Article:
• ductal carcinoma in situ;
  • intraductal;
  • noninfiltrating;
  • social class;
  • anxiety;
  • depression;
  • social support



A large body of literature suggests that socioeconomic status (SES) is positively associated with mental and physical health. However, little research has examined the impact of SES on psychological adjustment after a major stressor. The current study examined whether SES (education and financial status) was associated with distress (anxiety and depression) in women diagnosed with ductal carcinoma in situ (DCIS). This study also explored whether social support explained the association between SES and distress and whether social support buffered the impact of low SES on distress.


A total of 487 women with newly diagnosed DCIS were enrolled in the study. Participants completed questions about sociodemographic, psychosocial, and clinical characteristics at the time of enrollment and 9 months after their diagnosis.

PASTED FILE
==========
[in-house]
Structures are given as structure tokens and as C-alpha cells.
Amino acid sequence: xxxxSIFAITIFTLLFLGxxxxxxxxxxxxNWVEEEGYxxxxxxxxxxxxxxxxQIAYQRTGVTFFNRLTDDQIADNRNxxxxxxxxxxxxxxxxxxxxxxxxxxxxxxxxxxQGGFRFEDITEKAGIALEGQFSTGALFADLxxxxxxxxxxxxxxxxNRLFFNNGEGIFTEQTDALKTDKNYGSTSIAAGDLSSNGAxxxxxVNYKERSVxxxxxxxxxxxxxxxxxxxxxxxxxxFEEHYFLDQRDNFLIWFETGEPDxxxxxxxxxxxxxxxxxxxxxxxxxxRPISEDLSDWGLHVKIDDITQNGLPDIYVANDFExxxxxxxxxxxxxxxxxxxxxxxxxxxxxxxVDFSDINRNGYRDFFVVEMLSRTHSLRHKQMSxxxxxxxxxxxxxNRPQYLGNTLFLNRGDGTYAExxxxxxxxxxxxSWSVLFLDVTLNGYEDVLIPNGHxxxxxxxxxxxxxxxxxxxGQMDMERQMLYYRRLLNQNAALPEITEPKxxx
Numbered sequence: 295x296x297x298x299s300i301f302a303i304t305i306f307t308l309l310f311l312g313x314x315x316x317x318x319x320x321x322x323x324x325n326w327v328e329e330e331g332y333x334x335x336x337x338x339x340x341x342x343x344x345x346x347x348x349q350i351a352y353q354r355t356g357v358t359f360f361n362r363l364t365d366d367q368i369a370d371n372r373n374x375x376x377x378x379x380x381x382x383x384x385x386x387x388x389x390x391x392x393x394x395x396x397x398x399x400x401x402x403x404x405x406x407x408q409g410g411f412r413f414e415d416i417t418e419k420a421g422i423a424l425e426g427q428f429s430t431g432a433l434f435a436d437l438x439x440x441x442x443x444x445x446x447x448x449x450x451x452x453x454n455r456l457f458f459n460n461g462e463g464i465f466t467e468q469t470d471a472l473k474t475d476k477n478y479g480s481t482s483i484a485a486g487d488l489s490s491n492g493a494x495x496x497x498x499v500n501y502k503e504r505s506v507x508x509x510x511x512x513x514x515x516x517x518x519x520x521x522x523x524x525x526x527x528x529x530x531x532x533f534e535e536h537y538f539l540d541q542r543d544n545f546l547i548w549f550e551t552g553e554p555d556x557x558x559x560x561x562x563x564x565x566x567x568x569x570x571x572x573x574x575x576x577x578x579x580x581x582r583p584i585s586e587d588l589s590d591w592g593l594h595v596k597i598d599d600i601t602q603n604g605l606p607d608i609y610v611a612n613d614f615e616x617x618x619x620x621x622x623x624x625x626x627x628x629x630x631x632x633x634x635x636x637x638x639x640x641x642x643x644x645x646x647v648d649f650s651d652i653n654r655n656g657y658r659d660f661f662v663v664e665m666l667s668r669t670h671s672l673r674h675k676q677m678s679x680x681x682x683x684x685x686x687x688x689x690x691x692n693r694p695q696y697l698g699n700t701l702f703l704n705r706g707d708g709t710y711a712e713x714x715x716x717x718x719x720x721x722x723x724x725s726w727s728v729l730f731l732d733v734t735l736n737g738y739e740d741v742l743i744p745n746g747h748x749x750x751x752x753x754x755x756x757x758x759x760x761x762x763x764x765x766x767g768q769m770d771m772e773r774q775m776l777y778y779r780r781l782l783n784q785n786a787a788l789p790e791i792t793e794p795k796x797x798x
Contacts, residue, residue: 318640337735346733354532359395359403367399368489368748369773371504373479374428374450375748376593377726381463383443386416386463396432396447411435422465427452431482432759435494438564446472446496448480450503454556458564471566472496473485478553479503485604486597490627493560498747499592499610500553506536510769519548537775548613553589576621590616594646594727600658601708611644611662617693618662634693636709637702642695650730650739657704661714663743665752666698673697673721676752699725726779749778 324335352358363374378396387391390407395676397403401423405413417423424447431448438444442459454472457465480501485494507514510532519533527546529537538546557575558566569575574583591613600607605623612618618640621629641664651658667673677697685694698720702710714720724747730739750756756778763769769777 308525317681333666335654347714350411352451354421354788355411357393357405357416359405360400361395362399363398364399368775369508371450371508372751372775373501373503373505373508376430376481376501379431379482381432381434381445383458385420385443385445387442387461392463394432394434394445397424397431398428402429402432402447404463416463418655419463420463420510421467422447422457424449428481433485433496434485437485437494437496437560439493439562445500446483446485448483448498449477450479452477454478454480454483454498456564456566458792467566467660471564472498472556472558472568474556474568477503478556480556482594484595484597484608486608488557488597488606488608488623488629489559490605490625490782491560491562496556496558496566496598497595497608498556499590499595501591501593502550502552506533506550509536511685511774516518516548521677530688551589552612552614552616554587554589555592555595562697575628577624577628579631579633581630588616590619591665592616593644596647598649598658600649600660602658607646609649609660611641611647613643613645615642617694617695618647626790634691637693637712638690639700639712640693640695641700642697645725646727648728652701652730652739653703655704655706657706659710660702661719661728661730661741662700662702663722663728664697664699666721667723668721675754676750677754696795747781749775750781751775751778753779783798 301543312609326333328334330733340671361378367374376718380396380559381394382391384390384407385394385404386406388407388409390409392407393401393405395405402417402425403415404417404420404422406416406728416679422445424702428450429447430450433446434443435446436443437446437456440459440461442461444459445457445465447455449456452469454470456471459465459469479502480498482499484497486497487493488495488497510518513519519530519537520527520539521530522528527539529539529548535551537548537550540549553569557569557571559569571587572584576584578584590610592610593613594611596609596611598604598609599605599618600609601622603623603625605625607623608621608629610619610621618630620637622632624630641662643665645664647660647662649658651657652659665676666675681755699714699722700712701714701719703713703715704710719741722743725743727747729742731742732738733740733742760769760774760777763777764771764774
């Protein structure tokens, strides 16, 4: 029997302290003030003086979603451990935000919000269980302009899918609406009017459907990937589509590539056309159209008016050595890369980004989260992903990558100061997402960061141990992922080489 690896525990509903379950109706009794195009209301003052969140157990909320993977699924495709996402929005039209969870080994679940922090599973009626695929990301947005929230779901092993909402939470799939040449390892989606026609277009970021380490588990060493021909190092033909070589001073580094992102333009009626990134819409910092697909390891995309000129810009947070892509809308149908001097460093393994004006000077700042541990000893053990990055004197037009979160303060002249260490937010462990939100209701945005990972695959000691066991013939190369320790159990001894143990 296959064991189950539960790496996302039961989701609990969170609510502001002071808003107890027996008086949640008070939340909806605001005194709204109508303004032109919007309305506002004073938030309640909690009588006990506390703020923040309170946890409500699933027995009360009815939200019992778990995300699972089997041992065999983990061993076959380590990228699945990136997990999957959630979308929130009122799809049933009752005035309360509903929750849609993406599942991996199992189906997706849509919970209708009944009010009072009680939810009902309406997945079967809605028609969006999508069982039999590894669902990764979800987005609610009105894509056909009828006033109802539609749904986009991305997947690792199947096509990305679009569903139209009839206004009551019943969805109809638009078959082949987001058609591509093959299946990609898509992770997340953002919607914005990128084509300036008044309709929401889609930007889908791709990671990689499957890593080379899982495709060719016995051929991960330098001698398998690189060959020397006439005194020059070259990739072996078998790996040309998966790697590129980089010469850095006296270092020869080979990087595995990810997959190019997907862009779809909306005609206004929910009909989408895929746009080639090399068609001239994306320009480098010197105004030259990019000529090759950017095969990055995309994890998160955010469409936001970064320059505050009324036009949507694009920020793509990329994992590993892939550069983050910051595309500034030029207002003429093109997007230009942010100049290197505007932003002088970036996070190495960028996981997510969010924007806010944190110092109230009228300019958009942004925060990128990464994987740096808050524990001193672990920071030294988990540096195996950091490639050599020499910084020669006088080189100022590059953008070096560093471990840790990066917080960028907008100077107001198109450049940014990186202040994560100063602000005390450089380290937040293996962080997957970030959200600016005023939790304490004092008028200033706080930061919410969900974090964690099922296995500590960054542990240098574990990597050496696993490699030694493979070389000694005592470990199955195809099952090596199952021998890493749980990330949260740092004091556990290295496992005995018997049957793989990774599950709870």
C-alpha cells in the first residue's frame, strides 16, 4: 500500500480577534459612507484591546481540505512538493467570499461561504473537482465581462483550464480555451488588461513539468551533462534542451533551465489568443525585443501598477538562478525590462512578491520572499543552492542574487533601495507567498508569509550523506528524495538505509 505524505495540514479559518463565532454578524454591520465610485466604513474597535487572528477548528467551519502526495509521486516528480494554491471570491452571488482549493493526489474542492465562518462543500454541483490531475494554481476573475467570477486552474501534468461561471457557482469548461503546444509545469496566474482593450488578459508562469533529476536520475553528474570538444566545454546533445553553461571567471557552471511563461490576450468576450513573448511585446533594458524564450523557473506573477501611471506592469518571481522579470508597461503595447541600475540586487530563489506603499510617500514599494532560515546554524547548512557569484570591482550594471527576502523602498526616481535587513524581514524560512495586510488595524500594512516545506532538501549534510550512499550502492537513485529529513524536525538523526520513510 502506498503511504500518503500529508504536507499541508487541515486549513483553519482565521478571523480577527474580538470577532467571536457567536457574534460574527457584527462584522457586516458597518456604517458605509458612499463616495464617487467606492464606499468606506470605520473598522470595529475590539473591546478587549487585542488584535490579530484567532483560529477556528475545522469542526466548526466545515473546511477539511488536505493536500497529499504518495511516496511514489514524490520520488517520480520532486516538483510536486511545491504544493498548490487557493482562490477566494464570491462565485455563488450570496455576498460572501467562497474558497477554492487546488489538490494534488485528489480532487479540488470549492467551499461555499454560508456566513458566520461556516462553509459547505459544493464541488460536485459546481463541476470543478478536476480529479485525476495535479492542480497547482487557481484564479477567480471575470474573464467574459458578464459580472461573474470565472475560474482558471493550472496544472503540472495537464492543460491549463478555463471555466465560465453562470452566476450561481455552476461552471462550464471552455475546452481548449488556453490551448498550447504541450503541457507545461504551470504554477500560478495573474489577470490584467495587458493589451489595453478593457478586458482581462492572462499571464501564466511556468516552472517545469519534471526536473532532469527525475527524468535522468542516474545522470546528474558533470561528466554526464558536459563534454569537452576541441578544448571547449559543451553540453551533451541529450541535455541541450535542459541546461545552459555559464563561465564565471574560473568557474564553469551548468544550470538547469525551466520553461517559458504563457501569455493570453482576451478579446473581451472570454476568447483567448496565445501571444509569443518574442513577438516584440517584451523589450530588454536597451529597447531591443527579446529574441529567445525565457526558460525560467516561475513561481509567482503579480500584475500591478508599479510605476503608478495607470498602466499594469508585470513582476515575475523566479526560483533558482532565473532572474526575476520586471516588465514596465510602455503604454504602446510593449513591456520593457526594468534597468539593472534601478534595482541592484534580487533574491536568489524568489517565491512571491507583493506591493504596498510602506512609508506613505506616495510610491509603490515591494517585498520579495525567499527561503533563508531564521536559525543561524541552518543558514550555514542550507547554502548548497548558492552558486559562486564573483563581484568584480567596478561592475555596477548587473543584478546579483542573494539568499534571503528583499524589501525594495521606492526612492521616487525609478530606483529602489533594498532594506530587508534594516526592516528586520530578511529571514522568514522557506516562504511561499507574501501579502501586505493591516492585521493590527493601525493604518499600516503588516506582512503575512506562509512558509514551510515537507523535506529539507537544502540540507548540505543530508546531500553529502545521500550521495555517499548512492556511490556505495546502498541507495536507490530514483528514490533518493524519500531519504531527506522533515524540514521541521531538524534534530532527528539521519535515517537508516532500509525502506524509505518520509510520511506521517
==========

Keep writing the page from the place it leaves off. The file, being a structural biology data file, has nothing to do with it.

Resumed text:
Financial status was inversely associated with anxiety and depression at the 9-month follow-up. Financial status also predicted change in anxiety and depression. Women with high financial status reported a decline in anxiety and depression during the study period, whereas women with medium or low financial status reported an increase in anxiety and depression. In addition, the probability of exceeding the screening threshold suggestive of clinical depression increased with decreasing financial status. Education was not associated with anxiety or depression. The presence of social support did not explain the association between financial status and change in distress. Social support did not buffer the effect of low SES on anxiety and depression.


Women with medium or low SES were vulnerable to escalating anxiety and depression after a DCIS diagnosis. Cancer 2010. © 2010 American Cancer Society.